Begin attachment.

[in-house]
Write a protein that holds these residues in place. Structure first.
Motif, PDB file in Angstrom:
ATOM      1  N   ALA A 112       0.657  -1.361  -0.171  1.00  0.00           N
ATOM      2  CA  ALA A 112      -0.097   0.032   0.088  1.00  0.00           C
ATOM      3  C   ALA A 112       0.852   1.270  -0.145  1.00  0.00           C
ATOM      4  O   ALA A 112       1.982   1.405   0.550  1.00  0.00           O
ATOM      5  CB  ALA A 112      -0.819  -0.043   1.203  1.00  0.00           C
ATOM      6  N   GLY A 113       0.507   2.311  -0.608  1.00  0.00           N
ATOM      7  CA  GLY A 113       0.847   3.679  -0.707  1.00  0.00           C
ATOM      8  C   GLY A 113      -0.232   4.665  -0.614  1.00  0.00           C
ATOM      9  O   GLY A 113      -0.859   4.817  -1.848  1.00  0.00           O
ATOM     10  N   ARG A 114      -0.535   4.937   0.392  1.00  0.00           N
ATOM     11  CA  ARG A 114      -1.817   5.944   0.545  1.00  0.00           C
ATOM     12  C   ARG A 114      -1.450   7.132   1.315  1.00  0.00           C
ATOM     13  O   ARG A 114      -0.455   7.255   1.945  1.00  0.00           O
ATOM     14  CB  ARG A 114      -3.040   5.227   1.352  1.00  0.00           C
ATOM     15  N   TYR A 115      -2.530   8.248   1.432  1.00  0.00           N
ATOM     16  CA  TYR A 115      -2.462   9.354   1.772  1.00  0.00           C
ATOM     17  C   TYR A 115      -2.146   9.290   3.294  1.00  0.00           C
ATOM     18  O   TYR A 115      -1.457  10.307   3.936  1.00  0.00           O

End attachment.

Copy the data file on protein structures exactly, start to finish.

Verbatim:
[in-house]
Write a protein that holds these residues in place. Structure first.
Motif, PDB file in Angstrom:
ATOM      1  N   ALA A 112       0.657  -1.361  -0.171  1.00  0.00           N
ATOM      2  CA  ALA A 112      -0.097   0.032   0.088  1.00  0.00           C
ATOM      3  C   ALA A 112       0.852   1.270  -0.145  1.00  0.00           C
ATOM      4  O   ALA A 112       1.982   1.405   0.550  1.00  0.00           O
ATOM      5  CB  ALA A 112      -0.819  -0.043   1.203  1.00  0.00           C
ATOM      6  N   GLY A 113       0.507   2.311  -0.608  1.00  0.00           N
ATOM      7  CA  GLY A 113       0.847   3.679  -0.707  1.00  0.00           C
ATOM      8  C   GLY A 113      -0.232   4.665  -0.614  1.00  0.00           C
ATOM      9  O   GLY A 113      -0.859   4.817  -1.848  1.00  0.00           O
ATOM     10  N   ARG A 114      -0.535   4.937   0.392  1.00  0.00           N
ATOM     11  CA  ARG A 114      -1.817   5.944   0.545  1.00  0.00           C
ATOM     12  C   ARG A 114      -1.450   7.132   1.315  1.00  0.00           C
ATOM     13  O   ARG A 114      -0.455   7.255   1.945  1.00  0.00           O
ATOM     14  CB  ARG A 114      -3.040   5.227   1.352  1.00  0.00           C
ATOM     15  N   TYR A 115      -2.530   8.248   1.432  1.00  0.00           N
ATOM     16  CA  TYR A 115      -2.462   9.354   1.772  1.00  0.00           C
ATOM     17  C   TYR A 115      -2.146   9.290   3.294  1.00  0.00           C
ATOM     18  O   TYR A 115      -1.457  10.307   3.936  1.00  0.00           O